Tuesday, May 08, 2007

Training your Brushes to Behave

Once upon a time there was pure soap to drag your brushes across and flatten or shape into points to help care for the tips after a day of painting. Well let me tell you there is another way that you can pull those wild brushes back into shape and the magic ingredient is….wait for it… Hair Gel!!!

Months ago I pinched my sons jar of Hair Gel to try it out. It is an inexpensive supermarket brand and does the job beautifully in controlling my brushes of all types. If we can put it on our hair without it falling out or change to a weird colour I can’t see that it will hurt and after months of using Hair Gel on my own brushes, I can recommend it.

After each painting session I rinse the brushes out in water or turps (depending on the type of medium used). I then wash my brushes out in warm water and pure soap, no matter what medium I have used. Do this by rubbing the brush onto the soap, rinse and rub onto soap again and rinse until the brush does not soil the soap. One last rinse than remove excess moisture on a cloth, dip in the Hair Gel, shape and allow to dry. It might be wise to rinse the gel out of the brush for watercolour painting but I don’t bother for oils.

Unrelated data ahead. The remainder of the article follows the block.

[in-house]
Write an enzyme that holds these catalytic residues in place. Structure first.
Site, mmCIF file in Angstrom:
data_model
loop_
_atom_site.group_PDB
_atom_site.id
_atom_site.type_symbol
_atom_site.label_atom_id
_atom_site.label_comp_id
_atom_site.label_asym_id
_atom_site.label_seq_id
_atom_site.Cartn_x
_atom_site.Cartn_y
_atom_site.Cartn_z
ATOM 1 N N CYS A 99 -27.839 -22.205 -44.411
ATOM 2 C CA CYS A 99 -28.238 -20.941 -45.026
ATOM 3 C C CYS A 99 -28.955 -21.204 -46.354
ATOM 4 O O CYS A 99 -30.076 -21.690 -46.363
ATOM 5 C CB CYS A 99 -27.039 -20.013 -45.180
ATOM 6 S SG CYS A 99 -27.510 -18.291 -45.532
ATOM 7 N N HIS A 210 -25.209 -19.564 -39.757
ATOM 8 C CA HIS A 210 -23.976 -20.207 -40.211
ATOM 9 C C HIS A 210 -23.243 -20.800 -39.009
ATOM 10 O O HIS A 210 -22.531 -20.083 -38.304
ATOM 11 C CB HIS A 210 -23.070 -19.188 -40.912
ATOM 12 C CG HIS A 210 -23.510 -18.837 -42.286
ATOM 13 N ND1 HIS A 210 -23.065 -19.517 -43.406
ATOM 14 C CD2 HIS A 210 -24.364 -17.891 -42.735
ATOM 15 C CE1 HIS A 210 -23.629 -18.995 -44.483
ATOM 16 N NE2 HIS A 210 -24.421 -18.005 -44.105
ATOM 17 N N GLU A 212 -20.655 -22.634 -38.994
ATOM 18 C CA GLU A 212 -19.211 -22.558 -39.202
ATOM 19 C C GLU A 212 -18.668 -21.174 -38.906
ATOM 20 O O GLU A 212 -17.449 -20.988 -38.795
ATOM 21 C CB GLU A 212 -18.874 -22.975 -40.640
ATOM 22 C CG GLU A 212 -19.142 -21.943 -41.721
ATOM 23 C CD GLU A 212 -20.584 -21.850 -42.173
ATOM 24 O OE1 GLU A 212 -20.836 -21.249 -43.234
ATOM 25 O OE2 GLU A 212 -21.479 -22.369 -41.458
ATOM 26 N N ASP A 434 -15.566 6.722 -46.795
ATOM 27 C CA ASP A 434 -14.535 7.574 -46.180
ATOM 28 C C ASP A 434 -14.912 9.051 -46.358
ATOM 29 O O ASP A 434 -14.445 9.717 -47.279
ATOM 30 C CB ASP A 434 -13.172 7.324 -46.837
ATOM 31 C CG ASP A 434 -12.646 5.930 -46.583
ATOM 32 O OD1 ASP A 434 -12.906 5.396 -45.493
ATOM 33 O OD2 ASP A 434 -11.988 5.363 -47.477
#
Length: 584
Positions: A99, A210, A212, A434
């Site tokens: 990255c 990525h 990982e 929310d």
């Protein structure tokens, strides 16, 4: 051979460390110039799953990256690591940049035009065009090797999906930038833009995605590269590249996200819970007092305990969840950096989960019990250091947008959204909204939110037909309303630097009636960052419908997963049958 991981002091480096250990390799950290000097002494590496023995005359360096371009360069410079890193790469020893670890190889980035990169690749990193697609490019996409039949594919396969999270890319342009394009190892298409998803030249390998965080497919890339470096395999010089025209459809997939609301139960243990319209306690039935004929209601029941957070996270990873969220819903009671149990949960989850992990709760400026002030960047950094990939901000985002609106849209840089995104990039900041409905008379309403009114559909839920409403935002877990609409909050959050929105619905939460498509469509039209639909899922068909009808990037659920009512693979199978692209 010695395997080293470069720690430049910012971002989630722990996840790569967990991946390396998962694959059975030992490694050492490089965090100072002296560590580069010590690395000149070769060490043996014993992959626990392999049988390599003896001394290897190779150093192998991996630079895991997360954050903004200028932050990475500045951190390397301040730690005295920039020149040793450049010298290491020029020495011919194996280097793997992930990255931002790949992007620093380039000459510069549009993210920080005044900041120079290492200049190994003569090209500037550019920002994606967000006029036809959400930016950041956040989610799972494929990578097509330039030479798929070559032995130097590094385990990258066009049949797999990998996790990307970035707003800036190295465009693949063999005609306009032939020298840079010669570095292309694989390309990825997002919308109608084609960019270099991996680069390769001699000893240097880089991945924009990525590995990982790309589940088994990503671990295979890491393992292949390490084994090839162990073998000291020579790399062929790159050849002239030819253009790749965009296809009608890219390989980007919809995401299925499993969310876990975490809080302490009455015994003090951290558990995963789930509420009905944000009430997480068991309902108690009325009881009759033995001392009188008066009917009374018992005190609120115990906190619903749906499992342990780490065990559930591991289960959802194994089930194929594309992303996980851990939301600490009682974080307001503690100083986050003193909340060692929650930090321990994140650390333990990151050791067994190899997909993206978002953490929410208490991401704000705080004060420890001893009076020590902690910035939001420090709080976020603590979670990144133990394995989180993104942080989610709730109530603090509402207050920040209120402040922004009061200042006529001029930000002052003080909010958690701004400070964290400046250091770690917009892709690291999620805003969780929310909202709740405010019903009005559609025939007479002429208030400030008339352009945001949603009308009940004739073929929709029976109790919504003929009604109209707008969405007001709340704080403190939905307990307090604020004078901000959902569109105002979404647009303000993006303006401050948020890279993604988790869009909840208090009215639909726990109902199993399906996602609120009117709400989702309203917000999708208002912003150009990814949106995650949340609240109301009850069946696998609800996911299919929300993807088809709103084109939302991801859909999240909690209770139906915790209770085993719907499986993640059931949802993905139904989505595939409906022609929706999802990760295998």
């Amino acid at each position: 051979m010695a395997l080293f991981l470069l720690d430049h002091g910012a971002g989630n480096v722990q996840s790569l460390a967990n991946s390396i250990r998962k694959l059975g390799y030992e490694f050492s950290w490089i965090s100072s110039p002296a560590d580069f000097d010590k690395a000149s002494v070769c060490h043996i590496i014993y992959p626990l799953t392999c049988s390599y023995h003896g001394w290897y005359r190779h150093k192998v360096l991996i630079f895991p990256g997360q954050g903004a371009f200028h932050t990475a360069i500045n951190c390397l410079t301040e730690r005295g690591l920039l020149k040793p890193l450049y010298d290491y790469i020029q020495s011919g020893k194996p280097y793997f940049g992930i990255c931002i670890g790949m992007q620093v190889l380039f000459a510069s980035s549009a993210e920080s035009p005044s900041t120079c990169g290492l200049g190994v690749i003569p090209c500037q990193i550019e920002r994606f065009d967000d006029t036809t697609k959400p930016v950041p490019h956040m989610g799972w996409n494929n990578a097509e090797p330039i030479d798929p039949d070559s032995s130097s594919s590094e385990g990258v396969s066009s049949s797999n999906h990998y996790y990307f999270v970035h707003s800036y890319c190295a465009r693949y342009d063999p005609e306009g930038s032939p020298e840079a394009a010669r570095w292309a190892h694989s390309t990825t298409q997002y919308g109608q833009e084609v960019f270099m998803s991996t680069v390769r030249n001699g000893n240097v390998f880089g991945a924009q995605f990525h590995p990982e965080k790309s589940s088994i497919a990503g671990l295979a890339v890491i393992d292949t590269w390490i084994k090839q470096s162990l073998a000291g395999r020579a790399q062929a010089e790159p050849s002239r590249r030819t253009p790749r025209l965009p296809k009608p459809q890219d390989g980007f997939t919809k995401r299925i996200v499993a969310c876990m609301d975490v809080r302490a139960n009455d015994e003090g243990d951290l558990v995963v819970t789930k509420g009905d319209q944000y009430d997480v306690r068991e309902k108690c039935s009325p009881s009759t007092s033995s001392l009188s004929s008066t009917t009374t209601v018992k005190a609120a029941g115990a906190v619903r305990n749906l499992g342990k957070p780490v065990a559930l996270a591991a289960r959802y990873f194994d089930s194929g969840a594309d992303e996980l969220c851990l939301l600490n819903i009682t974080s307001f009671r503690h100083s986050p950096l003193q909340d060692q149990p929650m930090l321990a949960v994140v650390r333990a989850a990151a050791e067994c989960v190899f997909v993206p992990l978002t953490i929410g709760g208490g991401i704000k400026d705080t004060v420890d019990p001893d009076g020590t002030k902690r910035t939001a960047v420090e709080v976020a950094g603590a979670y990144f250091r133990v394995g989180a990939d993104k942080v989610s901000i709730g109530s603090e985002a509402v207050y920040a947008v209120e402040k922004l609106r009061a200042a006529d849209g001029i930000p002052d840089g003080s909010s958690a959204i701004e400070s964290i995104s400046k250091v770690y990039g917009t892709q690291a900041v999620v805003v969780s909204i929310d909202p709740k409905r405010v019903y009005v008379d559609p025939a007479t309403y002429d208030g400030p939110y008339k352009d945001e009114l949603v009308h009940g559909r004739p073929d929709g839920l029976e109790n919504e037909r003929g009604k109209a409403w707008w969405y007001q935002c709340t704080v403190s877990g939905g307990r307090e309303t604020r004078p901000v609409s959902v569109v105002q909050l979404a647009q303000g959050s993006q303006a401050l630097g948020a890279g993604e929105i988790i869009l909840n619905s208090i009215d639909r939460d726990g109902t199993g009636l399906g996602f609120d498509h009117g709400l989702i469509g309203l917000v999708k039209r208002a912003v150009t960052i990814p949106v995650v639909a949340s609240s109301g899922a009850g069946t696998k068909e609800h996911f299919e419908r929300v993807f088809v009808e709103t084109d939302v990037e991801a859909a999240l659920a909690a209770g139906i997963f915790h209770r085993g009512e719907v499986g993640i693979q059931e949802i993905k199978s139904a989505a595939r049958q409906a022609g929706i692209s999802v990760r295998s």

It isn’t unusual for me to place a stubborn flat tipped brush that doesn’t want to be trained under the edge of a large cutting mat on my table. It is sufficient weight to hold the fibres together until the gel is dry.

If you would like to share by commenting to this post how to gain a longer life for brushes, I would love to hear from you. razz

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Kim said...

very interesting blog....and good advice on the brushes....
I usually try to use a maximum of 2 brushes per painting (ideally just one) and then I throw them away...lol.... or they die a natural death in my painting cupboard....
regards Kim

Bart said...

Until now I buy cheap syntactical brushes and can use them for months, cleaning them with just soap and water (holding the brushes flat on the soap to make sure the soap can reach the root of the brush). It is often recommended to use cold water as the warm water might take some of the glue away holding the hairs together. But apparently that is not too important as it hasn't bothered you.

Susan Borgas said...

Kim I have this mental image in my head of a pile of brushes hiding in your cupboard! LOL

The water isn't only warm Bart but that is a good point about the glue. I will make sure I don't use water that is too warm. Thanks!